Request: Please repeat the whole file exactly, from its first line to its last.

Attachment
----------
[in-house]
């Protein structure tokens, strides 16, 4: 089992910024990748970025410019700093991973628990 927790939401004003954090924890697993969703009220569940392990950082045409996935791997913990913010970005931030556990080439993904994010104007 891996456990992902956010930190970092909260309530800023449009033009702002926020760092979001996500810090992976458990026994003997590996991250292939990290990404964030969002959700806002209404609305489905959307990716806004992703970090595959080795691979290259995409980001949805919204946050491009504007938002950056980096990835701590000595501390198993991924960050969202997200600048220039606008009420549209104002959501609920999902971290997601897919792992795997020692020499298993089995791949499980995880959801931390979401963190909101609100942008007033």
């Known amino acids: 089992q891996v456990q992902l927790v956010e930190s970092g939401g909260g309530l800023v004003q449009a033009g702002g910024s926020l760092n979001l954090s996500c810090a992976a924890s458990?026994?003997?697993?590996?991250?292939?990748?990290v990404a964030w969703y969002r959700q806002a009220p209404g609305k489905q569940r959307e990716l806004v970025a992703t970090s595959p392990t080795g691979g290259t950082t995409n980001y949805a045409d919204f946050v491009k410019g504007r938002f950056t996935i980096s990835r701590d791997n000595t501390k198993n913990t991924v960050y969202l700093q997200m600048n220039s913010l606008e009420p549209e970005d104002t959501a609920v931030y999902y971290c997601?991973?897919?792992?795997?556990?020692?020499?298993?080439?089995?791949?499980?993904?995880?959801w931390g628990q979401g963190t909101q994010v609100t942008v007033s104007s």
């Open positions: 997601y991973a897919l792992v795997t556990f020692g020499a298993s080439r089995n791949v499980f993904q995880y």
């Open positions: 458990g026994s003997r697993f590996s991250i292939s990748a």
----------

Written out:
[in-house]
């Protein structure tokens, strides 16, 4: 089992910024990748970025410019700093991973628990 927790939401004003954090924890697993969703009220569940392990950082045409996935791997913990913010970005931030556990080439993904994010104007 891996456990992902956010930190970092909260309530800023449009033009702002926020760092979001996500810090992976458990026994003997590996991250292939990290990404964030969002959700806002209404609305489905959307990716806004992703970090595959080795691979290259995409980001949805919204946050491009504007938002950056980096990835701590000595501390198993991924960050969202997200600048220039606008009420549209104002959501609920999902971290997601897919792992795997020692020499298993089995791949499980995880959801931390979401963190909101609100942008007033």
């Known amino acids: 089992q891996v456990q992902l927790v956010e930190s970092g939401g909260g309530l800023v004003q449009a033009g702002g910024s926020l760092n979001l954090s996500c810090a992976a924890s458990?026994?003997?697993?590996?991250?292939?990748?990290v990404a964030w969703y969002r959700q806002a009220p209404g609305k489905q569940r959307e990716l806004v970025a992703t970090s595959p392990t080795g691979g290259t950082t995409n980001y949805a045409d919204f946050v491009k410019g504007r938002f950056t996935i980096s990835r701590d791997n000595t501390k198993n913990t991924v960050y969202l700093q997200m600048n220039s913010l606008e009420p549209e970005d104002t959501a609920v931030y999902y971290c997601?991973?897919?792992?795997?556990?020692?020499?298993?080439?089995?791949?499980?993904?995880?959801w931390g628990q979401g963190t909101q994010v609100t942008v007033s104007s």
């Open positions: 997601y991973a897919l792992v795997t556990f020692g020499a298993s080439r089995n791949v499980f993904q995880y």
């Open positions: 458990g026994s003997r697993f590996s991250i292939s990748a």